A Whale of a Time in Seattle

Tim HealyBirding, Mammals, Photography, Science, Trip ReportsLeave a Comment

Summer vacation is always a crucial window of opportunity for adventures, but it is all too short and often too busy. This year, I was thankfully able to find the time for a brief getaway. Although international travel still poses a bit of a thorny logistic challenge, we were content to set our sights on a domestic destination. It didn’t take us long to decide on Seattle. Jacqi had yet to visit the Pacific Northwest, and both of us have multiple friends who live in or near the Emerald City. My last trip to Washington State was back in the summer of 2007, an especially memorable segment of a cross country family road trip. The chance to revisit these gorgeous mountains, woodlands, and coastlines after so long was an exciting prospect!

We arrived in Seattle on July 13th, and we had a full week to explore the city and its surroundings with our friends. This was by no means intended to be a birding trip. That being said, any expedition away from home presents an opportunity for encounters with interesting wildlife. Even walking around town offered reunions with western specialties like Pigeon Guillemot, Violet-green Swallow, and the hybrid “Olympic Gulls.” I knew going into this vacation that my odds of encountering avian lifers were low, but I was looking forward to reconnecting with some species I haven’t seen in a while. What’s more, there was a very real chance to finally track down one of my biggest nemeses in the animal world!

The Strait of Juan de Fuca

Our first full day in the city was spent in full tourist mode, checking out popular attractions like the Seattle Art Museum, the Space Needle, and the Chihuly Glass Gardens. We also had the opportunity to catch a meal with my buddy Josh, who also ended up driving us to and from the airport despite his hectic schedule as a brand new parent! We also enjoyed a delicious dinner with my old friend Allie, who unsurprisingly hit it off with Jacqi immediately. We made plans to make more plans together before the week was through. Thursday the 15th was booked as our first nature-focused adventure: a whale watching tour out of Edmonds with the Puget Sound Express. I’ve been itching to get out on the water and search for wildlife ever since my last pre-pandemic pelagic back in 2019. While I would be happy to see any creatures of the deep, I had a clear primary target in mind for this outing.

The Orca is a species I have tried to see on countless occasions and barely missed more times than I care to count. From just-too-late chases in Alaska to false alarms in California, my quest for wild Killer Whales has been a veritable saga. In a way it was fitting that this journey would lead me back to the Strait of Juan de Fuca, considering that my search first began here 14 years ago with a trip out of Victoria, British Columbia. Our voyage aboard the Saratoga finally broke the long-running streak of bad luck. We encountered a family group of Orcas just south of the San Juan Islands: a 50+ year old female with two daughters and a granddaughter. We were fortunate enough to witness them hunting as well, making short work of some unseen prey (likely a seal) and sharing in the feast together. The whales provided incredible views over the better part of an hour, including a cooperative close-range spyhop! These incredible predators certainly lived up to the lifetime of hype, and they were well-worth the time and effort it took to make this experience a reality.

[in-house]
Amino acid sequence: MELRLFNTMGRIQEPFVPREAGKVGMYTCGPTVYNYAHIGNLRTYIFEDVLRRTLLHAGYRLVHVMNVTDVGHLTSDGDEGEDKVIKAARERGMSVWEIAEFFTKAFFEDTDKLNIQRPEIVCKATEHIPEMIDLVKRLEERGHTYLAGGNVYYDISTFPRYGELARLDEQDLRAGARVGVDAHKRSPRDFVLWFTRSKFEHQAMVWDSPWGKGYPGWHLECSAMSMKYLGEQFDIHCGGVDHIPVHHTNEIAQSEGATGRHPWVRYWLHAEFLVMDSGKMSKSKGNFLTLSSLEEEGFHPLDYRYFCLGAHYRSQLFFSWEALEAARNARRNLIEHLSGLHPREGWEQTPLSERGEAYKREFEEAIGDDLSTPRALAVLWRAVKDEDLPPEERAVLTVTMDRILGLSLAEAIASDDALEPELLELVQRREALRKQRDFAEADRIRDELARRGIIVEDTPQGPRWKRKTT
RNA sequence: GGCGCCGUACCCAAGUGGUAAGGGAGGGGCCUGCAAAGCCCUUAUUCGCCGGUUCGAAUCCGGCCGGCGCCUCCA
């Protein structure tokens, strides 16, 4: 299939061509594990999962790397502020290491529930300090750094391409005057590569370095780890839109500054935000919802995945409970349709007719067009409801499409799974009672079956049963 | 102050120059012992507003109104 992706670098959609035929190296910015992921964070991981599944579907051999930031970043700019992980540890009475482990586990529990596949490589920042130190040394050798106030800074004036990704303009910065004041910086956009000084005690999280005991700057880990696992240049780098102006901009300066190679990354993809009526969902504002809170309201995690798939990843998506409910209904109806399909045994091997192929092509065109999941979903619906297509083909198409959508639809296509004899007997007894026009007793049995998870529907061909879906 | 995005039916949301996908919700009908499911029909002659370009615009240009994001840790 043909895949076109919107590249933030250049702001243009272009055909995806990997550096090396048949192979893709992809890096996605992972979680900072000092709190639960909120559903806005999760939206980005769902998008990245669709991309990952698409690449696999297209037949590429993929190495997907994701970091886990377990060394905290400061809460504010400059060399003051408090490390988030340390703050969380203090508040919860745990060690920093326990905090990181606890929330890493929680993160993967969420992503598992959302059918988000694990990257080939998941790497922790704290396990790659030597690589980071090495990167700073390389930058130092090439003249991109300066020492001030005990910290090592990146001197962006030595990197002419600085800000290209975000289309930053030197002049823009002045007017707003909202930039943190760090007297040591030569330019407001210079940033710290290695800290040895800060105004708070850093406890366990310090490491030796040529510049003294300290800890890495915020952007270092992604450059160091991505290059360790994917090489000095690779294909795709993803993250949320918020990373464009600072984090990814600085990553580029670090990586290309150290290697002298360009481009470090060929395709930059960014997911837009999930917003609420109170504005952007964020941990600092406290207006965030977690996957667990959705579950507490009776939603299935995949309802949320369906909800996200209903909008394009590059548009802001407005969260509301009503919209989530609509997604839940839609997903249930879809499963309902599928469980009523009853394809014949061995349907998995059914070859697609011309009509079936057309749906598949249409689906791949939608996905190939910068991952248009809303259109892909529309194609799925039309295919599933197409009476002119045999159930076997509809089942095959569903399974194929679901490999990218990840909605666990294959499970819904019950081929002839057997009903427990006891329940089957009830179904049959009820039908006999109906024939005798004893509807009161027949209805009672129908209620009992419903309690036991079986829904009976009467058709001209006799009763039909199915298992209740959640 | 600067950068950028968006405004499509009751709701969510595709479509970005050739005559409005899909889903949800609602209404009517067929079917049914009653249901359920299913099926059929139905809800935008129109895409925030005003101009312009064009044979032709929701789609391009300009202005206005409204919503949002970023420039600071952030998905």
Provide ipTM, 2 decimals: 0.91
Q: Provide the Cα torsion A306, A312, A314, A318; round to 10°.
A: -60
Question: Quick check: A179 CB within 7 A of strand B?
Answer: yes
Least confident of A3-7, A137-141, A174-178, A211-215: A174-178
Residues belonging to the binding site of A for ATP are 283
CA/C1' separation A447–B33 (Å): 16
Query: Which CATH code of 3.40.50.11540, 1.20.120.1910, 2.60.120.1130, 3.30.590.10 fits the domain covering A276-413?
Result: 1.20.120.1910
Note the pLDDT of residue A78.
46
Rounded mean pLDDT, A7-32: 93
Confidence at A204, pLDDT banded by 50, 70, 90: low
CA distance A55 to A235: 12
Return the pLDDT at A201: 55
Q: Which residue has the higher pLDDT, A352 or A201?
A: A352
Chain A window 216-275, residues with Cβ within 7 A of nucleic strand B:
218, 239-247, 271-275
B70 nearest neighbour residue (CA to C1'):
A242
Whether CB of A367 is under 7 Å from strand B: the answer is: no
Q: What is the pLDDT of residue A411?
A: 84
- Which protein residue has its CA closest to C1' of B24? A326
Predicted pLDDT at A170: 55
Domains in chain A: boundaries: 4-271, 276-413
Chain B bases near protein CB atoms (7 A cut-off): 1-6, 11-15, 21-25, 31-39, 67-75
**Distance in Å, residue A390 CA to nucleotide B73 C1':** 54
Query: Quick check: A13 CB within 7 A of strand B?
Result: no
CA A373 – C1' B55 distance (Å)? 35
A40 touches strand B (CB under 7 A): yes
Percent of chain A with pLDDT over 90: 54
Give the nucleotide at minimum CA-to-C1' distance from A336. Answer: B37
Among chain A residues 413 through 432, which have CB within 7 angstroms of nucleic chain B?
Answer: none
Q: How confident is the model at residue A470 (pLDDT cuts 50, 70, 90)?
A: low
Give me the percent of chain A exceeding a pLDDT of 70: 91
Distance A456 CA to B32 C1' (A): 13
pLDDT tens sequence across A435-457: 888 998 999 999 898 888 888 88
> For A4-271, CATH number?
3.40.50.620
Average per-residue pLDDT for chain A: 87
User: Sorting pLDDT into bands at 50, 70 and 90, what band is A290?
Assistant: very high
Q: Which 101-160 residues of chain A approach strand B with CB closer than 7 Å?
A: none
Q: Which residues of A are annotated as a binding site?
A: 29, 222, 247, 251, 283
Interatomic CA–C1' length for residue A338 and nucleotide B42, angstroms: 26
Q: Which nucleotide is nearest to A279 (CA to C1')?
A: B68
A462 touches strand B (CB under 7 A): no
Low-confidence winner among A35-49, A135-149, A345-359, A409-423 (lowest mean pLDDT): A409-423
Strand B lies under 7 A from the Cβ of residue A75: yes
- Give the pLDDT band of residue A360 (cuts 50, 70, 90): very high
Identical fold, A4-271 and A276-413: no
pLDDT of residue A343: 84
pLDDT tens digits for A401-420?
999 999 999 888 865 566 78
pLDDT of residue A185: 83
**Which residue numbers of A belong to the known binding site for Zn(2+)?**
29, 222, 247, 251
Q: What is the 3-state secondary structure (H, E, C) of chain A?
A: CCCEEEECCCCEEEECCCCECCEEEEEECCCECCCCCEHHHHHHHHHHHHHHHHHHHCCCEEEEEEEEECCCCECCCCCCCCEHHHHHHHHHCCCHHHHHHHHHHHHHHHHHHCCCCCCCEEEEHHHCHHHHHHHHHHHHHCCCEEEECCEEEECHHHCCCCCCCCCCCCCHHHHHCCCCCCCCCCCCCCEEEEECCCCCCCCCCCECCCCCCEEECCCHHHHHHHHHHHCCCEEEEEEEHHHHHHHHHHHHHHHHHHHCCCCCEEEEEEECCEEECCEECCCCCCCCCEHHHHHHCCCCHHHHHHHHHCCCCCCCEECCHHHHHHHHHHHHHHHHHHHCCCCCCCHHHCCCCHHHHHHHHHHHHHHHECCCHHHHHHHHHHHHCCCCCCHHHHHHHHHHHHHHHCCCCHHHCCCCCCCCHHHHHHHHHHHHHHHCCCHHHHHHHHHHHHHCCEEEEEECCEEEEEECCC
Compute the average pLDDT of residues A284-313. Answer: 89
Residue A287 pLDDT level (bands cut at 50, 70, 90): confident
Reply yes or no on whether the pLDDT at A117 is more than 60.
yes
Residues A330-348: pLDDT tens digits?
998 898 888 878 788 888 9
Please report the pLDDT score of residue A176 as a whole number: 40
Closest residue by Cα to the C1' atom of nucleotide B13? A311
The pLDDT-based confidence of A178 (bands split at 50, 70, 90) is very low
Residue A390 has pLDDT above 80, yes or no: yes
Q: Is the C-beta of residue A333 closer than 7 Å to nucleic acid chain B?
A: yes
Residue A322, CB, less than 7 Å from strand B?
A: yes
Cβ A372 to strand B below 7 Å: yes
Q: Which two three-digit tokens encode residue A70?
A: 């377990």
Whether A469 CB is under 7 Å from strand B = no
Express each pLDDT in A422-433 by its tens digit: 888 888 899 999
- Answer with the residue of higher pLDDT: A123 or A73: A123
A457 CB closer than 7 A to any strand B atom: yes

Though the Orcas were the undeniable stars of the show, we did spot a variety of other interesting coastal critters during our time with the Puget Sound Express. I was thrilled to get reacquainted with the adorable Marbled Murrelets, a species I haven’t seen since my forest ranger days back in 2013. I’ve long held a soft spot for these birds, and hearing their squealing whistles instantly transported me back to the old growth groves outside of Juneau where I used to hear them departing from their nests. Jacqi thoroughly enjoyed the large flocks of Rhinoceros Auklets, which often passed close enough that their distinctive bill horns were visible to the naked eye. Heermann’s Gulls, Common Murres, and Pelagic Cormorant were among the other birds documented, and we observed large congregations of Harbor Seals lounging about on the rocky shores. The only other cetaceans we found were a handful of Harbor Porpoises, but I was plenty pleased with the results of our trip. The top-billed attraction definitely delivered!

Back on dry land, we caught a ride south to the suburbs of Seattle. Josh had graciously offered to let us borrow his old car, so we swung by his place to say hello to him, Courtney, their new baby, and the dogs. The vehicle was experiencing a bit of battery trouble at the time, but once I got a crash course on how to jump it with the portable battery pack we were well on our way. We caught up with Jacqi’s friends Megan and David for supper, but we made a point to turn in early for the night. There was another big day or exploration ahead of us. 

Olympic National Park

Friday morning saw us up before the dawn. We met in the lobby with our fellow NYC pals Edem and Kelsey, who happened to be in Seattle for a wedding and jumped at the chance to join one of our day trips. I was grateful to have a full car, which always makes it easier to stay awake and alert during early mornings on the road. More than 4 hours later, we arrived at the Pacific Coast of the stunning Olympic Peninsula. We snapped some photos and breathed in the sea air at a pull-off north of Kalaloch, then headed onwards to the famous Hoh Rainforest. There was a bit of line at the entrance due to limited parking on site, but even the drive in was delightfully picturesque. Upon arriving at the visitor center, we eagerly set off to explore the surrounding area. Both the Hall of Mosses and the Spruce Nature Trail featured spectacular scenery and dense greenery. We marveled at the towering trees, the lush ferns, and, of course, the omnipresent moss that seemed to carpet every available surface.